At the southern end of Millennium Park you can find the Lurie Gardens; one of Chicago’s real treasures. The Garden’s motto, “Urbs in Horto”, means city in a garden, and represents Chicago’s transformation from marshland to concrete. The gardens provide an extensive walking trail through the exhibits during the warmer months, and a completely different experience walking those same paths in the winter. The differences between the growing season and the winter are drastic and beautiful.
The Lurie Gardens also offer a wonderful take on the afternoon stroll. The Free Lurie Gardener’s Plant Walks take place throughout the year, and offer seniors an excellent way to get some exercise, learn some really interesting facts about gardening in Chicago, and meet some extraordinary people working hard to make the city a better place to live. You will be led through the gardens on your walk by Laura Ekasetya. She is the Lurie Gardens Horticulturalist, and a fabulous resource to spend some time with if you are in any way passionate about gardening and plant life. These walks are also a great way to begin the day as they usually begin around 8AM and last for 45 minutes to an hour.
Ridgeway Avenue to Marshfield Avenue [View Map]
The 606 – Bloomingdale Trail is one of the most recent additions to this wonderful city. Once a rail line through the neighborhoods of Wicker Park, Bucktown, Humboldt Park, and Logan Square, the 606 today is a 2.7 mile elevated trail on Chicago’s northwest side. It runs from Ridgeway Avenue to Marshfield Avenue, and has bridges that span each of the city’s streets that it crosses. The 606 was created with input from the citizens in the neighborhoods it crosses, and the full support of the city government and The Trust for Public Lands. Every feature of the trail has been thought out and implemented in such a way as to give every trail user the exact experience they were looking for.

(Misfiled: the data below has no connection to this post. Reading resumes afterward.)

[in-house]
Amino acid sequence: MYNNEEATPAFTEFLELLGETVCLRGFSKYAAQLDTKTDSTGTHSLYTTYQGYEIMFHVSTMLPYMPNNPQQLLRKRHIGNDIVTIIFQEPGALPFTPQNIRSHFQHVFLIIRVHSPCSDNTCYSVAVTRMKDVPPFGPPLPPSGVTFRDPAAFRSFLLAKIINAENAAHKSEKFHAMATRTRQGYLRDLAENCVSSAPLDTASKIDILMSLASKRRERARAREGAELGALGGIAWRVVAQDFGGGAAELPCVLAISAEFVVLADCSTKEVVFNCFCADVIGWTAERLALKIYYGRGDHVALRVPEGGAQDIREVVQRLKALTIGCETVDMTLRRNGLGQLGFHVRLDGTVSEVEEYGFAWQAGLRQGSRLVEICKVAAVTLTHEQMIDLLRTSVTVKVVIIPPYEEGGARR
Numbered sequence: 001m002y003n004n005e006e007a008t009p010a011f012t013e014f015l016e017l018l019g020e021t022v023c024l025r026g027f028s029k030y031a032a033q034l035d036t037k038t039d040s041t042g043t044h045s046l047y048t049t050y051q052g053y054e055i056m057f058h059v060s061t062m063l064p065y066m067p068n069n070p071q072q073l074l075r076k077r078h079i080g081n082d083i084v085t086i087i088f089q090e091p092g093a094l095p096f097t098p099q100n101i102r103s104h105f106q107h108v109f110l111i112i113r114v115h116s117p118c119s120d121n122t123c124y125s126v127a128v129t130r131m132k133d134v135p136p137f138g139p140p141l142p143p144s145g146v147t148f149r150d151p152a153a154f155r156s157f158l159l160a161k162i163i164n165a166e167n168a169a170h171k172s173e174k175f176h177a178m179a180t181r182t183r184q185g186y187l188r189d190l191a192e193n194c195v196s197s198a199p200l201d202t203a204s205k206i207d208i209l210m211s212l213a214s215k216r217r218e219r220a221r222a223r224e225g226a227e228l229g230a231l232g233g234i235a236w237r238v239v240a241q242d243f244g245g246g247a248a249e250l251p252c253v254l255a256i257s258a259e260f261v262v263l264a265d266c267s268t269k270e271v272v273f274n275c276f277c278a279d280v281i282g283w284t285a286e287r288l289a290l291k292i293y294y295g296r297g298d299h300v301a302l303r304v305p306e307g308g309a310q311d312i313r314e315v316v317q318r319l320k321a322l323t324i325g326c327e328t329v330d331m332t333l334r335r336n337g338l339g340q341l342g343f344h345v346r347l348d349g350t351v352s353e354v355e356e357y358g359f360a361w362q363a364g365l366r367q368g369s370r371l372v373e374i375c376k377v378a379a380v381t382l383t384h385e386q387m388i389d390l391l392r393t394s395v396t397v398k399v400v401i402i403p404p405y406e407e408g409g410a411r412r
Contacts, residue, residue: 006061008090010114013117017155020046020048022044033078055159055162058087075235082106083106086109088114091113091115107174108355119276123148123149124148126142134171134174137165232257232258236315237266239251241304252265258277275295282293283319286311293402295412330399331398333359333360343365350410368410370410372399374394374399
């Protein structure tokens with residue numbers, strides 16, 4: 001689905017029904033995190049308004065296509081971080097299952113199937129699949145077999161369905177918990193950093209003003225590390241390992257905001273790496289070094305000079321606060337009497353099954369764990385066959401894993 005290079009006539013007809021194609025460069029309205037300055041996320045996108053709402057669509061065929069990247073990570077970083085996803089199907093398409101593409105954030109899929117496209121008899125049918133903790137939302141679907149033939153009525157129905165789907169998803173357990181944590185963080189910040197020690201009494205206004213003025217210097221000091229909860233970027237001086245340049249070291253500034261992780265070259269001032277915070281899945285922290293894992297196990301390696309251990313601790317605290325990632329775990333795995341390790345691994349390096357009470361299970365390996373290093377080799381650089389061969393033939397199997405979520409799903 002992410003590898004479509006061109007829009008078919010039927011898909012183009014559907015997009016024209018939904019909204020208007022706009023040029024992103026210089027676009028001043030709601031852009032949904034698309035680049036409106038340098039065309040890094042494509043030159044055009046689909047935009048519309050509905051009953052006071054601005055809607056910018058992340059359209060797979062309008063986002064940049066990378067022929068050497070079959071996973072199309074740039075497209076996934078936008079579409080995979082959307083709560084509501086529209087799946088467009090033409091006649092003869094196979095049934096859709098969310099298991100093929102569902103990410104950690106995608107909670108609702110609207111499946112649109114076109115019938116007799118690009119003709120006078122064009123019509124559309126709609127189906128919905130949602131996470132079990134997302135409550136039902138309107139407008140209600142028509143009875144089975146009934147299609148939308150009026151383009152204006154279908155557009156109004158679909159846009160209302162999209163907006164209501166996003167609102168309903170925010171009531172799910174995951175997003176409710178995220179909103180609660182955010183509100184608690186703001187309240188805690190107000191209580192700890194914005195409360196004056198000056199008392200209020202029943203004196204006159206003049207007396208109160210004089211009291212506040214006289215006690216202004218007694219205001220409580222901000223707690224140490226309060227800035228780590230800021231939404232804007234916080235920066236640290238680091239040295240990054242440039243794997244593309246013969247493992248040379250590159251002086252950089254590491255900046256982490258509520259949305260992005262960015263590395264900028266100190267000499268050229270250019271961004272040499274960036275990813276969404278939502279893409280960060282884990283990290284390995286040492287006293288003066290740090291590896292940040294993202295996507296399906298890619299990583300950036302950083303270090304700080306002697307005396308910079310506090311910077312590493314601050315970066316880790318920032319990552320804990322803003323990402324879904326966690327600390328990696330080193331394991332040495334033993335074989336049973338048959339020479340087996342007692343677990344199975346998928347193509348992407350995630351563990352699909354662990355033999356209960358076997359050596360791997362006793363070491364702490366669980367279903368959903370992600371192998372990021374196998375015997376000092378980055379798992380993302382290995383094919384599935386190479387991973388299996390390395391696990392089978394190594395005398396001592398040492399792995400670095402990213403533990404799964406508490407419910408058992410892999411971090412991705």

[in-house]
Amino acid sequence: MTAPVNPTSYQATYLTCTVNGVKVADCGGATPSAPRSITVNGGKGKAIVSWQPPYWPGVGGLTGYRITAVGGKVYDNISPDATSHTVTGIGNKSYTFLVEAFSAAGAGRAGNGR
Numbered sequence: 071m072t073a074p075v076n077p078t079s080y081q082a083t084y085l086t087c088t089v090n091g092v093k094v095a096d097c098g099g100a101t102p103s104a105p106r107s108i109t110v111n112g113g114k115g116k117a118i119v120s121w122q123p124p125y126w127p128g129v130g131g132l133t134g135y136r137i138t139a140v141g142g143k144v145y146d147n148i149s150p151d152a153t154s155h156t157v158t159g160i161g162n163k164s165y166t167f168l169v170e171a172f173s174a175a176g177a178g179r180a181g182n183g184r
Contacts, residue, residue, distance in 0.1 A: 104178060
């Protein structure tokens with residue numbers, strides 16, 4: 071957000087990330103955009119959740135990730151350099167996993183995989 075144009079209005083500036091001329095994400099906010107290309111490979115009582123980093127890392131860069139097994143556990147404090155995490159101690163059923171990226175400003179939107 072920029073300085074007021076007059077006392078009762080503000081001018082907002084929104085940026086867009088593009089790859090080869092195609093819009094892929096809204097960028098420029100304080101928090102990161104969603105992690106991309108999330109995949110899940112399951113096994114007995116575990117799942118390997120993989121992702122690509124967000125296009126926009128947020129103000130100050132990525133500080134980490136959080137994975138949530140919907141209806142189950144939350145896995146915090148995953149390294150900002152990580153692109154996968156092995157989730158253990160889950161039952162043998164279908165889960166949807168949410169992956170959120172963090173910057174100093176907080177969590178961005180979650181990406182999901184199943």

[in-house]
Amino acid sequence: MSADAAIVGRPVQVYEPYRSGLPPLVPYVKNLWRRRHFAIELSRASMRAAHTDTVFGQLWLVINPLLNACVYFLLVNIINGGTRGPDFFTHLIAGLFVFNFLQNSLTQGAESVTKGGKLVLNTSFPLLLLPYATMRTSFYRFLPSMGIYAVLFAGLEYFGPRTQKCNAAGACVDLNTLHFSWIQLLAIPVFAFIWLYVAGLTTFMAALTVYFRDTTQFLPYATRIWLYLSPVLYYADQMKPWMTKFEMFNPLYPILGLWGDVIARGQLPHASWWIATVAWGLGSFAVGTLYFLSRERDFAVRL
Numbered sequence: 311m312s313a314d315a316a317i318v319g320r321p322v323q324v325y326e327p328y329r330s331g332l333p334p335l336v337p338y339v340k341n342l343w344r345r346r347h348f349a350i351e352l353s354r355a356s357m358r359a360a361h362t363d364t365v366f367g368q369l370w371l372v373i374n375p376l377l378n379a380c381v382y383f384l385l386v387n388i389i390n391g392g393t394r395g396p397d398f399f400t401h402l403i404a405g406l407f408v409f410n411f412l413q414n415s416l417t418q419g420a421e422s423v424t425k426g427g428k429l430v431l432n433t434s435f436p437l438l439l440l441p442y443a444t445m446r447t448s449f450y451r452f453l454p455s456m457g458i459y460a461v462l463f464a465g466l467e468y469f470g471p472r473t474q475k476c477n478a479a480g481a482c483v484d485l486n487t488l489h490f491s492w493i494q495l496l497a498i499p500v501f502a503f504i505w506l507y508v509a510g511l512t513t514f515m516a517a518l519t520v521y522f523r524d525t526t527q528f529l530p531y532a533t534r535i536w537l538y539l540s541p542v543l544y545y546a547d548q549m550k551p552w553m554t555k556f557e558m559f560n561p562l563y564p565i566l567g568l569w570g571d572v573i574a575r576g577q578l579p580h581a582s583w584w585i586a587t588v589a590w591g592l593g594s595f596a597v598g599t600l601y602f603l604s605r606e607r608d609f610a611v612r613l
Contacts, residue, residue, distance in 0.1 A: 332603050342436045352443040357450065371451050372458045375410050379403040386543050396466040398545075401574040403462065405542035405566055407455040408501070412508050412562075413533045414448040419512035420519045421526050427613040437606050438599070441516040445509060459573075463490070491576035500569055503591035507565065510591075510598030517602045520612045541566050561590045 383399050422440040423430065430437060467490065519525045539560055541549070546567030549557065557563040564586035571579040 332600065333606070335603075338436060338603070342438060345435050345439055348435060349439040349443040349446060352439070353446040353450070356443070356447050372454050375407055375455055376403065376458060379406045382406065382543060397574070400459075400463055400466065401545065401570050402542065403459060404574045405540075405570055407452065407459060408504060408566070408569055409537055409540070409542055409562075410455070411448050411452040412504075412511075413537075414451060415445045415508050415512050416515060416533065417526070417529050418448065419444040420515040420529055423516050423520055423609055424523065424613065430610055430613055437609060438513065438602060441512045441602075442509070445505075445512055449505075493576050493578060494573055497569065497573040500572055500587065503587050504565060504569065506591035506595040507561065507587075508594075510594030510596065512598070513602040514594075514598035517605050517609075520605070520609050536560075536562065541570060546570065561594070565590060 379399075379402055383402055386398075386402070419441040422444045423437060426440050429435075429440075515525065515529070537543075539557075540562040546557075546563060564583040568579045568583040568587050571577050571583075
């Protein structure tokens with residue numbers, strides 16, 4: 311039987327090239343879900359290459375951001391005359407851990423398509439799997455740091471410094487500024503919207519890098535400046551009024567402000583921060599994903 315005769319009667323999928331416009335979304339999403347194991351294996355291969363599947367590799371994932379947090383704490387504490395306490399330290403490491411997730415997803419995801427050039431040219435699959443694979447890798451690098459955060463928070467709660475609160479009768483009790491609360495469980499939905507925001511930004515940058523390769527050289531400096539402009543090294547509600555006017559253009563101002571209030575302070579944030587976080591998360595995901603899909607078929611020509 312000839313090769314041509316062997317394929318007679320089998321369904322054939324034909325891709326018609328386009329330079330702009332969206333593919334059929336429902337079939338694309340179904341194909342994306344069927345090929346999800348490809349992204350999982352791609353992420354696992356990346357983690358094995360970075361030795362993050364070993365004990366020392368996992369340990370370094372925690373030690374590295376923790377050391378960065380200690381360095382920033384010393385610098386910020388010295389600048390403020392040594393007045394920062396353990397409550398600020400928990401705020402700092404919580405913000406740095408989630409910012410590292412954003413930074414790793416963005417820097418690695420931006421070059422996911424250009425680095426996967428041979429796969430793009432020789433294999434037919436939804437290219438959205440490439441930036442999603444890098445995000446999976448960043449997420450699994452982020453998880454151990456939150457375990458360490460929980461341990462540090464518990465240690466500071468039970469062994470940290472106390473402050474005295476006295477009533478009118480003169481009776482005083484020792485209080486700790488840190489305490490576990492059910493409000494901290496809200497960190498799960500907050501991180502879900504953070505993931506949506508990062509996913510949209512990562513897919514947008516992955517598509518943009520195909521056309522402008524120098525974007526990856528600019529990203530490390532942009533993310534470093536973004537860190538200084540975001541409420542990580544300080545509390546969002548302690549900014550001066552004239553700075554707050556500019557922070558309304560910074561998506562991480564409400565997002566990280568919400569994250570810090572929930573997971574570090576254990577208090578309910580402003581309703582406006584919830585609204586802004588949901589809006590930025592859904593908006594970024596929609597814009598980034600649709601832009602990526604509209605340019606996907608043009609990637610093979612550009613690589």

With more than a dozen points of entry along its course, most connecting to the neighborhood parks along the route or the intersections of the major streets, the 606 is one of Chicago’s easiest to reach walking trails. Multiple CTA buses and train routes can bring you to the trail. The 606 – Bloomingdale Trail was built to cater to all visitors, so you will find a wide concrete path where wheeled vehicles like baby strollers and roller skates can travel without issue and cushioned pathways to the sides for walkers and runners. Every stretch of the trail incorporates elevation changes or gentle curves to keep you engaged in the experience, and keep you coming back again and again to see what you may have missed. The neighborhoods along the trail also commission art installations which are placed in their sections of the trail to add a little of their own personality to the trail. There really is nothing like it in the city.
337 E. Randolph Street [View Map]
Located right on the downtown lakefront, adjacent to Millennium Park, is Grant Park; one of Chicago’s greatest treasures. It was difficult deciding which of the two centerpiece parks to include here, so we included them both. Everything that Millennium Park is Grant Park is as well, but without all the extra activity found around the millennial exhibits in Millennium Park. That means that Grant Park feels more like a park and less like a town square.